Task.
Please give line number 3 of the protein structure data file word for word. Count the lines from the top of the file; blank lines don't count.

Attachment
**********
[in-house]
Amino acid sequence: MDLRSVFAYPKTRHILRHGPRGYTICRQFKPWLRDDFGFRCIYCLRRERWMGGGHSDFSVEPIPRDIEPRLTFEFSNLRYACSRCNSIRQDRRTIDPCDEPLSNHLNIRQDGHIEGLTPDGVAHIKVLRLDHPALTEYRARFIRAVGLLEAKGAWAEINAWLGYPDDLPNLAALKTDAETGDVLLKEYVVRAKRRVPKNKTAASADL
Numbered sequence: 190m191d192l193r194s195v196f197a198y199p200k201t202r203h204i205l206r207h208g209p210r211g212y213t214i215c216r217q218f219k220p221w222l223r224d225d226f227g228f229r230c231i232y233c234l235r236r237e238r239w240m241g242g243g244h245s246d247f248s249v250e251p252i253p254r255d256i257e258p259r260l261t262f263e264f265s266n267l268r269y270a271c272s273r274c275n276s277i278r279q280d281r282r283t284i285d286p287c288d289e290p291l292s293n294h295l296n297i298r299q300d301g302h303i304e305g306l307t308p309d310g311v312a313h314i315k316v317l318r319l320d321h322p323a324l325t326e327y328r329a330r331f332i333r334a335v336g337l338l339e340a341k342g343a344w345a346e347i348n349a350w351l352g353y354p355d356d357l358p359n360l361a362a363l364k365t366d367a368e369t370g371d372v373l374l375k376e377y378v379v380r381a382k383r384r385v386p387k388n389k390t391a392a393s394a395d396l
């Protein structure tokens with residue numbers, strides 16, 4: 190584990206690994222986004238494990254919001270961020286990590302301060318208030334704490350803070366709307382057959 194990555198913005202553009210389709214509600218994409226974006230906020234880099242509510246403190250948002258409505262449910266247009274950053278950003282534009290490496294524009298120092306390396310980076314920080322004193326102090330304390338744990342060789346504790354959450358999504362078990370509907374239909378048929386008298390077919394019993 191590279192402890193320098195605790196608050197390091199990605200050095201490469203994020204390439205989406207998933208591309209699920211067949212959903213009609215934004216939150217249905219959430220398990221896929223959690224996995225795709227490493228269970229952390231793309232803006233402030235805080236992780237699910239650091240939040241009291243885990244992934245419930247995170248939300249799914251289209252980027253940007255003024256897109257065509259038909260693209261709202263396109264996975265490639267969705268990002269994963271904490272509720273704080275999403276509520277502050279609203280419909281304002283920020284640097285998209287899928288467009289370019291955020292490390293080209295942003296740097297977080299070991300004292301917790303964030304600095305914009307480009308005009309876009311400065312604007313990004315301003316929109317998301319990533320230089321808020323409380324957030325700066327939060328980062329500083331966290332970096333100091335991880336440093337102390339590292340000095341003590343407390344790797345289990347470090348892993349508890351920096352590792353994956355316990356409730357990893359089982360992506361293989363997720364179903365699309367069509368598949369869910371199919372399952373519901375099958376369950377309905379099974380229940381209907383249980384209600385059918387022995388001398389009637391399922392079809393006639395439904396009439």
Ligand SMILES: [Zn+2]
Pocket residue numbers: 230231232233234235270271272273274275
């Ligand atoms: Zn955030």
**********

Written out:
Numbered sequence: 190m191d192l193r194s195v196f197a198y199p200k201t202r203h204i205l206r207h208g209p210r211g212y213t214i215c216r217q218f219k220p221w222l223r224d225d226f227g228f229r230c231i232y233c234l235r236r237e238r239w240m241g242g243g244h245s246d247f248s249v250e251p252i253p254r255d256i257e258p259r260l261t262f263e264f265s266n267l268r269y270a271c272s273r274c275n276s277i278r279q280d281r282r283t284i285d286p287c288d289e290p291l292s293n294h295l296n297i298r299q300d301g302h303i304e305g306l307t308p309d310g311v312a313h314i315k316v317l318r319l320d321h322p323a324l325t326e327y328r329a330r331f332i333r334a335v336g337l338l339e340a341k342g343a344w345a346e347i348n349a350w351l352g353y354p355d356d357l358p359n360l361a362a363l364k365t366d367a368e369t370g371d372v373l374l375k376e377y378v379v380r381a382k383r384r385v386p387k388n389k390t391a392a393s394a395d396l